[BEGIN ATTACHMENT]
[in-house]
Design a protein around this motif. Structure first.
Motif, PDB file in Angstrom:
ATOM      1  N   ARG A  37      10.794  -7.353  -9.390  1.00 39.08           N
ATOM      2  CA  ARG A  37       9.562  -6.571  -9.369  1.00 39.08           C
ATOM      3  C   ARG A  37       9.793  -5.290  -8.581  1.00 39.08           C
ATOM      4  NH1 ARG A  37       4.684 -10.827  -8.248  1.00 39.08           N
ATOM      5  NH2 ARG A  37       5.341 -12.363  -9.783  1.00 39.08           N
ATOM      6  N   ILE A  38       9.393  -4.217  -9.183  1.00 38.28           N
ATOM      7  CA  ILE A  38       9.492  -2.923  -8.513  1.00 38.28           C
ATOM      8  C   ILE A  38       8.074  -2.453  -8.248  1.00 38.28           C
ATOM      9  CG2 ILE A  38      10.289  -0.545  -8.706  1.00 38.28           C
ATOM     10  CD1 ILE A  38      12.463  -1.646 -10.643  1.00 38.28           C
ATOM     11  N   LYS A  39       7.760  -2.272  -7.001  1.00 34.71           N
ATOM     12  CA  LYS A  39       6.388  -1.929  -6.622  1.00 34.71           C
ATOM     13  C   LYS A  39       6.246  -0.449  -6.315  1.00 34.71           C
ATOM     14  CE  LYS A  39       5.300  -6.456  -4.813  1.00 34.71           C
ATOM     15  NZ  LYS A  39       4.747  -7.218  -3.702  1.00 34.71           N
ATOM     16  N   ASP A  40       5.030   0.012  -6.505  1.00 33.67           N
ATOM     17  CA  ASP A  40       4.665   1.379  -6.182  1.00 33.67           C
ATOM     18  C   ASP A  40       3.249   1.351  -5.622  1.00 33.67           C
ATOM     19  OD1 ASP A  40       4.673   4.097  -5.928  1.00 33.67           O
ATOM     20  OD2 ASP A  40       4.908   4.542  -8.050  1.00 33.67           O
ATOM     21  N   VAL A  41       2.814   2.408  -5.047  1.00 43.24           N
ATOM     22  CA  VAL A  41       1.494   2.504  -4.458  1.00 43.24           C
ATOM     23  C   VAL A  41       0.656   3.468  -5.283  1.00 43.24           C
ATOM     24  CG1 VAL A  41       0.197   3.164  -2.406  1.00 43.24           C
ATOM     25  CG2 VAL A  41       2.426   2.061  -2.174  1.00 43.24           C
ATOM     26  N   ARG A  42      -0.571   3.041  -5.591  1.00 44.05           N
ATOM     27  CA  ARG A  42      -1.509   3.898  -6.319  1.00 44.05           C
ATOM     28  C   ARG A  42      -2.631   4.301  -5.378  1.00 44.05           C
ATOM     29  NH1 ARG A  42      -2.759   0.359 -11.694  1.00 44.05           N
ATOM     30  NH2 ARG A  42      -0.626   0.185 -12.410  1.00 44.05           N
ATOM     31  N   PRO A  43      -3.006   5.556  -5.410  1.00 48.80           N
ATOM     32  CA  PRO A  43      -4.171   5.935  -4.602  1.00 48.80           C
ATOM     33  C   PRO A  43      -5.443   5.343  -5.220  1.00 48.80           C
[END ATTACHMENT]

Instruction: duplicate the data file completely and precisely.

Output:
[in-house]
Design a protein around this motif. Structure first.
Motif, PDB file in Angstrom:
ATOM      1  N   ARG A  37      10.794  -7.353  -9.390  1.00 39.08           N
ATOM      2  CA  ARG A  37       9.562  -6.571  -9.369  1.00 39.08           C
ATOM      3  C   ARG A  37       9.793  -5.290  -8.581  1.00 39.08           C
ATOM      4  NH1 ARG A  37       4.684 -10.827  -8.248  1.00 39.08           N
ATOM      5  NH2 ARG A  37       5.341 -12.363  -9.783  1.00 39.08           N
ATOM      6  N   ILE A  38       9.393  -4.217  -9.183  1.00 38.28           N
ATOM      7  CA  ILE A  38       9.492  -2.923  -8.513  1.00 38.28           C
ATOM      8  C   ILE A  38       8.074  -2.453  -8.248  1.00 38.28           C
ATOM      9  CG2 ILE A  38      10.289  -0.545  -8.706  1.00 38.28           C
ATOM     10  CD1 ILE A  38      12.463  -1.646 -10.643  1.00 38.28           C
ATOM     11  N   LYS A  39       7.760  -2.272  -7.001  1.00 34.71           N
ATOM     12  CA  LYS A  39       6.388  -1.929  -6.622  1.00 34.71           C
ATOM     13  C   LYS A  39       6.246  -0.449  -6.315  1.00 34.71           C
ATOM     14  CE  LYS A  39       5.300  -6.456  -4.813  1.00 34.71           C
ATOM     15  NZ  LYS A  39       4.747  -7.218  -3.702  1.00 34.71           N
ATOM     16  N   ASP A  40       5.030   0.012  -6.505  1.00 33.67           N
ATOM     17  CA  ASP A  40       4.665   1.379  -6.182  1.00 33.67           C
ATOM     18  C   ASP A  40       3.249   1.351  -5.622  1.00 33.67           C
ATOM     19  OD1 ASP A  40       4.673   4.097  -5.928  1.00 33.67           O
ATOM     20  OD2 ASP A  40       4.908   4.542  -8.050  1.00 33.67           O
ATOM     21  N   VAL A  41       2.814   2.408  -5.047  1.00 43.24           N
ATOM     22  CA  VAL A  41       1.494   2.504  -4.458  1.00 43.24           C
ATOM     23  C   VAL A  41       0.656   3.468  -5.283  1.00 43.24           C
ATOM     24  CG1 VAL A  41       0.197   3.164  -2.406  1.00 43.24           C
ATOM     25  CG2 VAL A  41       2.426   2.061  -2.174  1.00 43.24           C
ATOM     26  N   ARG A  42      -0.571   3.041  -5.591  1.00 44.05           N
ATOM     27  CA  ARG A  42      -1.509   3.898  -6.319  1.00 44.05           C
ATOM     28  C   ARG A  42      -2.631   4.301  -5.378  1.00 44.05           C
ATOM     29  NH1 ARG A  42      -2.759   0.359 -11.694  1.00 44.05           N
ATOM     30  NH2 ARG A  42      -0.626   0.185 -12.410  1.00 44.05           N
ATOM     31  N   PRO A  43      -3.006   5.556  -5.410  1.00 48.80           N
ATOM     32  CA  PRO A  43      -4.171   5.935  -4.602  1.00 48.80           C
ATOM     33  C   PRO A  43      -5.443   5.343  -5.220  1.00 48.80           C